Oh, BTW, the hotel I work at takes pictures of EVERYTHING. No, there is no spying on guests. BUT if you are out of the room, housekeeping goes in to clean, or maintenance comes in for something, they see something laying out in the open you shouldn’t have, you bet your pants the manager is coming up and taking pictures. Legally, as far as that goes, they have the right to do that. At least in my state. From what I understand that does differ from state to state.

  44. heart.shaped.rock says:

    I was a guest of an friend at her company holiday party last year. It was at a hotel where everyone got a free room to avoid any drinking and drivng. All we had to do was provide a credit card for ‘incidentals’. My friend didn’t have her card with her so we used mine.

    The Monday after the party, I got a call from someone at my friend’s company saying that the hotel sent a list of people who were going to be charged for smoking in the rooms, and I was on the list! My friend and I are both smokers but we did NOT smoke in the room. We were barely IN the room, other than to get ready for the party, go to bed afterwards, and wake up in the morning.

    I called the hotel and the gal was insinuating that there was a party in our room, kinda like she was laughing along with us, and that housekeeping reportedly found butts on the balcony and that the room smelled. There were several after-party parties in various rooms (which we attended!) and some people were smoking on the balconies but not in ours (we’re not THAT stupid!). I told the gal that housekeeping was completely mistaken, and that there was NO party or smoking in our room and other than time spent SLEEPING, the room was used for less than 2 hours. She said she would “investigate further” and if they decided we smoked in the room, they’d charge my card $250.

    I explained that she could go right ahead and do that, if she felt it necessary, and I would file a chargeback and I would win. I never got charged.

  45. LastError says:

    “secret photos” means housekeeping took pictures of “evidence” while cleaning the room, either during the stay or after the fact.

    It may or may not have been the guest’s fault. Some hotels swap housekeepers around. So if you have a guest damage the place, it may not get noticed for a few days until the normal housekeeper for that room comes back on duty. Then they blow the whistle for what could have happened from a previous guest.

    When checking into a hotel, I always triple-check the room for this kind of damage, take pictures or video and notify the desk immediately. And on the way out, I take more pictures and video as my own proof of how I left the room. I also leave it spotless and I leave daily tips for housekeeping. But that’s just me.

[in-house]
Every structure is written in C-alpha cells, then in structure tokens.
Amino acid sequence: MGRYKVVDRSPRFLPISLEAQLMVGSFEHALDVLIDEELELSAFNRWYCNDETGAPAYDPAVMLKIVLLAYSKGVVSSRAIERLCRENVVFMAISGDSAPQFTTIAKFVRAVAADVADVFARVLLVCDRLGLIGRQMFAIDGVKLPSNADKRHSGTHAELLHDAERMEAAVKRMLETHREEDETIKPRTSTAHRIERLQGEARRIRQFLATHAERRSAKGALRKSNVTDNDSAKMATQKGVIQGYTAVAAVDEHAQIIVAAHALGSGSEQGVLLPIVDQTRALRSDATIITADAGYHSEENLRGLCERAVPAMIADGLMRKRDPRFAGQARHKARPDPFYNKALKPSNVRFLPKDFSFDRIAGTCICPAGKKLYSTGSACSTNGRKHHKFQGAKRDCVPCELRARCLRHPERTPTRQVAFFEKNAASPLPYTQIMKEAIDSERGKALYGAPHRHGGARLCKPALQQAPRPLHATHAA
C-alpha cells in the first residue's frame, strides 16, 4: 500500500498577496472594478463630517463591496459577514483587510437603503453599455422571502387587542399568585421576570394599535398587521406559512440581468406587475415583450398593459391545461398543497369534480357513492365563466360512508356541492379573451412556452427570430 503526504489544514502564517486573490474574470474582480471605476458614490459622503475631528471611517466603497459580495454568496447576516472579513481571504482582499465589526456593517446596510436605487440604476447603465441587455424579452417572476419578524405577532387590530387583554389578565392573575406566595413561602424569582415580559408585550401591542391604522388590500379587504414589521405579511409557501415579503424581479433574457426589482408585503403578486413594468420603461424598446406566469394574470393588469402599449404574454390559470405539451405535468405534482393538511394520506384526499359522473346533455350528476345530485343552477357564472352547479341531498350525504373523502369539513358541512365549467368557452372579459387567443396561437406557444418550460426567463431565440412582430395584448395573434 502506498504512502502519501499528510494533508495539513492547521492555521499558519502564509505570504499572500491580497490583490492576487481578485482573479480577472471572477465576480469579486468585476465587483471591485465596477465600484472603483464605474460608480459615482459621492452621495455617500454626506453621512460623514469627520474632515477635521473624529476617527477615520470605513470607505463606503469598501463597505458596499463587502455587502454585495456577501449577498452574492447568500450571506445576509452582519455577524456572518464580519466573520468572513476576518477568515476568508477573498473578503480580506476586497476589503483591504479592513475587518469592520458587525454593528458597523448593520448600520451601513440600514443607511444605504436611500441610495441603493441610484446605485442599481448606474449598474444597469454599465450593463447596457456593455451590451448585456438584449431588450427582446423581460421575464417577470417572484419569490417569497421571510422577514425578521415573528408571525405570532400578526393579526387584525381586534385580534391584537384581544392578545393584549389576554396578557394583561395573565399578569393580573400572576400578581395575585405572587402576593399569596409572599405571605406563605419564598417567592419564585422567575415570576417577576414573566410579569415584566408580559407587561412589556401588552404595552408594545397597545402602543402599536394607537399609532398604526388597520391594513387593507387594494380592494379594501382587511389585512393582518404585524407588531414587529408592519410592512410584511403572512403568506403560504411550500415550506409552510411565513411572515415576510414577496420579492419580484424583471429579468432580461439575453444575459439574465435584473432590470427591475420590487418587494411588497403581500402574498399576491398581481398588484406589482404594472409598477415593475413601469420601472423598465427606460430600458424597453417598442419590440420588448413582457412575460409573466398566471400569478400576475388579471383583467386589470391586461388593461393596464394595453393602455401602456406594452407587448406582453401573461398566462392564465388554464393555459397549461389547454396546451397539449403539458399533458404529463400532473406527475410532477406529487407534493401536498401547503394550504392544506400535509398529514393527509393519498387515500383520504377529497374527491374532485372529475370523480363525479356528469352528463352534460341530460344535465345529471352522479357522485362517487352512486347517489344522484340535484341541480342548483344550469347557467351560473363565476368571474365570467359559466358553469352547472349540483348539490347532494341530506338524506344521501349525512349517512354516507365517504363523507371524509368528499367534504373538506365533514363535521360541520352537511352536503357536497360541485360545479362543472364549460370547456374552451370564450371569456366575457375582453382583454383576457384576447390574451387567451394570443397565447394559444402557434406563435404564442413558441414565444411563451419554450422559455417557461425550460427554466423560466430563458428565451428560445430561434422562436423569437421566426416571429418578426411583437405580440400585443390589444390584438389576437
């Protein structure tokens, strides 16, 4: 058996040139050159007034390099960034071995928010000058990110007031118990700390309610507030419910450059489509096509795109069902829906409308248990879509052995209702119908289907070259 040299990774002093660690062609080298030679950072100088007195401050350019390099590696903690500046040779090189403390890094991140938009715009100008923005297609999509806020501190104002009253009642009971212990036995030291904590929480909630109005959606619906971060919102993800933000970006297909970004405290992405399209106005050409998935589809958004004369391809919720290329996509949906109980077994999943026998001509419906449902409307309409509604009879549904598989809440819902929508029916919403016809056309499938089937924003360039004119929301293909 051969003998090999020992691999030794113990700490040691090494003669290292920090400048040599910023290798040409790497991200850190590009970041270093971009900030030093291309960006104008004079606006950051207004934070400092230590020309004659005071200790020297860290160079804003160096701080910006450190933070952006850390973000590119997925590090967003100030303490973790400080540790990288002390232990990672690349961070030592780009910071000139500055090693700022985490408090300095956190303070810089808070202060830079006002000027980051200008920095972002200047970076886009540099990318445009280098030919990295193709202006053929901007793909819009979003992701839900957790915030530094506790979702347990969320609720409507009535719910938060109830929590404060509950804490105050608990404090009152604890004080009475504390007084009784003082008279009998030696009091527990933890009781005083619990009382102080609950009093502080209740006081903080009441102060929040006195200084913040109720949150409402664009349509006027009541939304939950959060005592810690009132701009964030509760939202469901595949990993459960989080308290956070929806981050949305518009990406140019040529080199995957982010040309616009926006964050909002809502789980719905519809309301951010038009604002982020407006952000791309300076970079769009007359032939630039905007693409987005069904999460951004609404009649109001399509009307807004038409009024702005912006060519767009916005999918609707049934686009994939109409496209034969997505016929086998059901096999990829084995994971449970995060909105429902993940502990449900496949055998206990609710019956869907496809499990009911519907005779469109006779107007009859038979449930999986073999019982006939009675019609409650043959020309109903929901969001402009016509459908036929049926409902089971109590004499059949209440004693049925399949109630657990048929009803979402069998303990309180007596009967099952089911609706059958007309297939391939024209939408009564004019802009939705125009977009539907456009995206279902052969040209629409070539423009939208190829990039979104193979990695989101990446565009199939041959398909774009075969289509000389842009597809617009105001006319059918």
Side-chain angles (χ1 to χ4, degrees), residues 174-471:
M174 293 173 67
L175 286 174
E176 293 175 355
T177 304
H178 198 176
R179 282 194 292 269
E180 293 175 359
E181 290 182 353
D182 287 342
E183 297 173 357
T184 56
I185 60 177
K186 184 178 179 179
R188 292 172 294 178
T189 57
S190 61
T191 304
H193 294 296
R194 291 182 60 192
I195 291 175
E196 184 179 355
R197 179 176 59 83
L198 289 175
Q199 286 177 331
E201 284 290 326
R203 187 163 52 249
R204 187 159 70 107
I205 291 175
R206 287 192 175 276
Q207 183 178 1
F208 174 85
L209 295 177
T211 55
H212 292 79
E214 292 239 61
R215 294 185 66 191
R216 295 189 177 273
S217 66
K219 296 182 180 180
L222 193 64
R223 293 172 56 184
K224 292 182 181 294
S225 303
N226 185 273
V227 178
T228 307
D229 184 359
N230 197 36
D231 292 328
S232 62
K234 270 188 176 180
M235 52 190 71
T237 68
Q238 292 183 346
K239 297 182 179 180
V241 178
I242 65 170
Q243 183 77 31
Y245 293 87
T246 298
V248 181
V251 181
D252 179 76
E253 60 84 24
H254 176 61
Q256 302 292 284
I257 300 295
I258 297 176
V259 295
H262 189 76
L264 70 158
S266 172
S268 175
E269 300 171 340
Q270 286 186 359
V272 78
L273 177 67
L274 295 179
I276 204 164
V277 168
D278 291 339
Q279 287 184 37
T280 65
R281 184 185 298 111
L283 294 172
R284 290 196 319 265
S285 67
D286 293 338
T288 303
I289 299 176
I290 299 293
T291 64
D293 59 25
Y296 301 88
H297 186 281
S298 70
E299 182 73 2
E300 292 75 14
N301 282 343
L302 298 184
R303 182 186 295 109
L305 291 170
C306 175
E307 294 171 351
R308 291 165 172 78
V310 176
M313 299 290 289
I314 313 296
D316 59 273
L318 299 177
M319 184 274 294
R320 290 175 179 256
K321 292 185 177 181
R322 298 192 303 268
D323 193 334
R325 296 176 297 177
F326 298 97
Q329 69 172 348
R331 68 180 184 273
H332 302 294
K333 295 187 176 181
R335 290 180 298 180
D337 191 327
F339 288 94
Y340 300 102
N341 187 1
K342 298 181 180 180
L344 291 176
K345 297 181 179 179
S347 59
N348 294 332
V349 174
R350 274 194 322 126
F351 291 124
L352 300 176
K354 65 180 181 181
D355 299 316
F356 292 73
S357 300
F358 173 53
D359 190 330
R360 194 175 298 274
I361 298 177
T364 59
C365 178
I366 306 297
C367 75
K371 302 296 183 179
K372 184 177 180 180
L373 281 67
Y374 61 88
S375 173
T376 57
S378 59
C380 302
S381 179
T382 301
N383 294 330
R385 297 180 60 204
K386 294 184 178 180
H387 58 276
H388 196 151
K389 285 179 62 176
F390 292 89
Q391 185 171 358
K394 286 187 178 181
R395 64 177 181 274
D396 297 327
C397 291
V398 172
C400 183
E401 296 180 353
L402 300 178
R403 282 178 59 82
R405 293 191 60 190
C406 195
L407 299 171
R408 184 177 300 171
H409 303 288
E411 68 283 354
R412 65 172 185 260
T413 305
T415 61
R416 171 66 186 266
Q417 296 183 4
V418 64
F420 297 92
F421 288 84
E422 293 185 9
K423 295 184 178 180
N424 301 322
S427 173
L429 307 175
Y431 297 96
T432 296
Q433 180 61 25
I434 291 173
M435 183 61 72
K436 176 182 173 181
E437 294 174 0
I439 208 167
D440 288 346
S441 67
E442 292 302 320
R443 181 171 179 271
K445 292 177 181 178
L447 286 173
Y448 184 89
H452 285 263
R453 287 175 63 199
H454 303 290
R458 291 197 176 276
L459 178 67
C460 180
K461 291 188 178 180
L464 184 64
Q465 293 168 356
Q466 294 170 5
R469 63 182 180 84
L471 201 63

Treat your room like a rental car: document everything immediately when you get the key, dispute anything wrong, and when you are done, inspect it yourself and document the state. Sometimes you can call the desk and ask for a check-out inspection. They may do it.

    Anyhow, I’ve been on the receiving end of damage reports exactly like this, when a group I was with filled up a large hotel for an event. When the event was over, the hotel sent over a big dossier of pictures of guest rooms where there were things like cigarette burns, trash piled up instead of in the trash cans, places were drink coolers had leaked on the floor, and in one case, where somebody had ripped a vanity off the wall.

    Yes, we had a lot of drunks.

    Anyhow, the hotel pursued each and every one of those guests for the damages. There was a flat rate for smoking related damages, and a flat rate for rooms that required extra cleaning, and they billed for damages on the damaged rooms. All of our guests were told this was going to happen before they checked in. They had to sign off on it, even.

    The hotel did not play around.

  46. physics2010 says:

    I’m glad hotels are going after the @holes that smoke in non-smoking rooms, because the smoking rooms smell….like smoke. The burden of proof, however lays somewhat heavy on the hotel. As far as this instance goes the lady needs only to indicate to the credit card company that the charge is disputed. The hotel will then have to take the lady to small claims court.

  47. Aleave says:

    Housekeeping does not do the picture taking. Vacant rooms HAVE to be cleaned THAT day in every major hotel chain. Housekeeping found the evidence, stopped everything they were doing, went and got the manager, who in turn took the pictures, and deemed it bad enough to charge her card. Like I say, it had to have been bad to warrant charging it. Most places won’t do it because they don’t want to deal with the inevitable charge back. Housekeeping has no say on whether or not it’s bad enough to charge these people. Management does. It was most likely refunded because $250 was not enough to deal with through her BS. I can guarantee she or someone she was with smoked in that room. They smoked like a chimney.

    • 99 1/2 Days says:

      “Guarantee”? BS. So tired of all these “I know EXACTLY what happened” Miss Cleos. I know you think it makes you look intelligent, but it just makes you look like a blowhard.

  48. tk427 says:

    “If I’m in room 7, how do I know I’m NOT the movie in room 8?”

    – Bronco Bob